In late November, 10 former and current military officials were indicted on espionage charges. These included officials from units responsible for defending northern Taiwan and Taiwan’s eastern coast, as well as the 601st Brigade of the Aviation Special Forces, which includes helicopter squadrons. Two officials reportedly filmed videos in which they stated their willingness to surrender to China in the event of war, which were to be used for psychological warfare purposes, while three of the officials sought to develop a spy network.
Four others were accused of giving military secrets to China. A CTWant report stated that this involved planning documents on how the military would respond to attacks by China, which were passed on by leaving them in a locker in the Taipei Main Station. The report alleged that the military had sought to downplay the matter.
At the same time, the spate of reports from CTWant is in itself suspicious. CTWant is one of the many outlets owned by the Want Want Group, whose owner Tsai Eng-meng has made no secret of the fact that his interest in acquiring Taiwanese media outlets in the last decade was to promote positive views of China in Taiwan. Concerns about Tsai’s acquisition of Taiwanese media outlets and steering them toward Chinese propaganda purposes sparked the Anti-Media Monopoly Movement in 2012, one of the pivotal movements before the outbreak of the much larger 2014 Sunflower Movement.
The Financial Times has reported that Want Want Group-owned outlets such as the China Times directly take orders from China’s Taiwan Affairs Office in terms of editorial direction. According to Apple Daily, Want Want Group outlets accepted more than 477 million yuan in funding from the Chinese government. Executives of Want Want outlets attended meetings with members of the Chinese People’s Political Consultative Conference National Committee and executives of Chinese state-run outlets such as the People’s Daily and Xinhua News in Beijing in May 2019.
Given this background, it’s worth questioning the motives behind the reports of Chinese intelligence infiltrating Taiwan’s military. Even if there may be truth to these stories, Want Want may aim to suggest that the Taiwanese military is covering up or downplaying defection and espionage cases.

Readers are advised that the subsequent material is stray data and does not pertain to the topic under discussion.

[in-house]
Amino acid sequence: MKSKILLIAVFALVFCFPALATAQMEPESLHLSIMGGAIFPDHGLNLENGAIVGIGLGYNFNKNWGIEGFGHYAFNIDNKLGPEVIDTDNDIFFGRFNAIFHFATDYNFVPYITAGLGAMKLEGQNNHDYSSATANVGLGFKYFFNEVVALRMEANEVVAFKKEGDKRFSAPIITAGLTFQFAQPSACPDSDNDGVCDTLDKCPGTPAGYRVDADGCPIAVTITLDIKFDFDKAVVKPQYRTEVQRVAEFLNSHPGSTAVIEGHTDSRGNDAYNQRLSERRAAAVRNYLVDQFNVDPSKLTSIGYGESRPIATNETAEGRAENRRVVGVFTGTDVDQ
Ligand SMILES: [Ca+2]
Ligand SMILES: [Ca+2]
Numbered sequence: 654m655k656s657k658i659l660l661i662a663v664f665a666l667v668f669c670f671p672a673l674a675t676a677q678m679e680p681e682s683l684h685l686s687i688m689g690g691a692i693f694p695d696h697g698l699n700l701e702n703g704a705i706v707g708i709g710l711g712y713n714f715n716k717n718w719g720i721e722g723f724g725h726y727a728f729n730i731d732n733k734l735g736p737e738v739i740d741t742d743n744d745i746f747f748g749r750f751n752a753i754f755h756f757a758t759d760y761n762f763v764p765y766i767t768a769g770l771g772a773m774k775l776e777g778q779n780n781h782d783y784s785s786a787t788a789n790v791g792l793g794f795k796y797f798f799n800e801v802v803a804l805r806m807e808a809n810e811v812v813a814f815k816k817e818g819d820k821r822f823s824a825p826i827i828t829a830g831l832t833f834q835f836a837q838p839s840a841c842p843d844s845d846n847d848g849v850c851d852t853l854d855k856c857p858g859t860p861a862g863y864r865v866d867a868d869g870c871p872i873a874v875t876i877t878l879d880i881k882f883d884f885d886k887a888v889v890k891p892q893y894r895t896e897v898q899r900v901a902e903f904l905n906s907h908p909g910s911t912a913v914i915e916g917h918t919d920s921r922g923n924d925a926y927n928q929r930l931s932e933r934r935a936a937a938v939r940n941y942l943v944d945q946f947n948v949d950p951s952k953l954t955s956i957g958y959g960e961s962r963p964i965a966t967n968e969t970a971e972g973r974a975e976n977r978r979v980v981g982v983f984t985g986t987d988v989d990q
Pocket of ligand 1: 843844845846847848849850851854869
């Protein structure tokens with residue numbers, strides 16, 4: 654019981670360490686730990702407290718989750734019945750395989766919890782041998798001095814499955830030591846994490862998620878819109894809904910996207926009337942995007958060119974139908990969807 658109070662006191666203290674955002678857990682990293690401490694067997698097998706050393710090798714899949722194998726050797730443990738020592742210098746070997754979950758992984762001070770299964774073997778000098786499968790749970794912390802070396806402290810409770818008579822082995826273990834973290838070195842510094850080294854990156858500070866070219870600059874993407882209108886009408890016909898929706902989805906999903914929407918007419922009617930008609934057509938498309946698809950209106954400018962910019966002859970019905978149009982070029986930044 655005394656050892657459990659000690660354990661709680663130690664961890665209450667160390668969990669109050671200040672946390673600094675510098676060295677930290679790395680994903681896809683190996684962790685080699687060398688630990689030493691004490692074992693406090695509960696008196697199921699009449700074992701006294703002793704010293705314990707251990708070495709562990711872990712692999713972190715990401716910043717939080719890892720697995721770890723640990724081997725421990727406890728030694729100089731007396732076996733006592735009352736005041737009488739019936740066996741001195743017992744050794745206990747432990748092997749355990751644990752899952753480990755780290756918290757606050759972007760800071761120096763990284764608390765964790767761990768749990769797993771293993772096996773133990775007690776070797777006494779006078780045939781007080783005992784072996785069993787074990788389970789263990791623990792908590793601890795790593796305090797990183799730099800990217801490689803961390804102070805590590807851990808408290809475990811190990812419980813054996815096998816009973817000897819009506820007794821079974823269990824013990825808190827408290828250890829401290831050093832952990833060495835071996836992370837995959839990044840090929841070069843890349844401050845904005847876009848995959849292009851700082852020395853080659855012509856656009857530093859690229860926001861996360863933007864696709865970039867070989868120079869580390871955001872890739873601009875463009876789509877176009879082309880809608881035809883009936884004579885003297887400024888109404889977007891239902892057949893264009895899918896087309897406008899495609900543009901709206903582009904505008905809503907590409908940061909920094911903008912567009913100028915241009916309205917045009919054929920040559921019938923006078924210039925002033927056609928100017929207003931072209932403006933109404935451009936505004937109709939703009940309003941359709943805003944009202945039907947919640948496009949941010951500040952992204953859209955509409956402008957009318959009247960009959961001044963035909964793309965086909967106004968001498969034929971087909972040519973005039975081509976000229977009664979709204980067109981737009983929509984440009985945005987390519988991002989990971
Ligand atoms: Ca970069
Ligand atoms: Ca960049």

For its part, Want Want has responded to criticism with lawsuits, suing Financial Times journalist Kathrin Hille for her report on the Want Want accepting orders from the Taiwan Affairs Office, suing the government-run Central News Agency for reporting on Hille’s story, and suing the Apple Daily for its claims.
Ahead of elections, there has also been increased scrutiny of the phenomenon of borough chiefs traveling to China for trips subsidized by the Chinese government. Borough chief is the lowest level of elected position in Taiwan, serving local neighborhoods.
The phenomenon is widely known as one of China’s United Front tactics directed at encouraging positive perceptions of China in Taiwan. Through such trips, borough chiefs and their constituents would be shown aspects of China in a light intended to encourage pro-unification sentiment. However, increased scrutiny of the phenomenon took place after a report by Reuters.
Some trips were free, while others were subsidized, costing amounts ranging from NT$6,000 to NT$15,000. During the trips, some borough chiefs met with members of the Chinese National People’s Congress Standing Committee. According to the Liberty Times, nearly 30 percent of borough chiefs in Taipei have participated in such trips, with 400 trips in the past month according to Reuters. The participating borough chiefs come from all across Taiwan, with investigations now opened into such trips in Taichung and Tainan.
It is also widely known that some trips are tailored to target minority demographics that have historically voted for the KMT, such as Hakka and Taiwanese Indigenous peoples. Such trips often involve taking Indigenous groups to visit ethnic minority communities in China.
It is to be seen whether prosecutors take action over the trips. Law enforcement may be limited in the scope of what they can do, given how many borough chiefs have participated in such trips – authorities will not want to be accused of political persecution by going after such a wide breadth of borough chiefs.
Either way, the government has sought to stiffen penalties for espionage, with punishment for corporate espionage increased to up to 12 years in prison, while those who falsify the provision of military arms can face between three and 10 years in prison. Though stiffening such penalties is clearly timed for before elections, it is to be seen whether this has a deterrent effect on espionage or voter inference.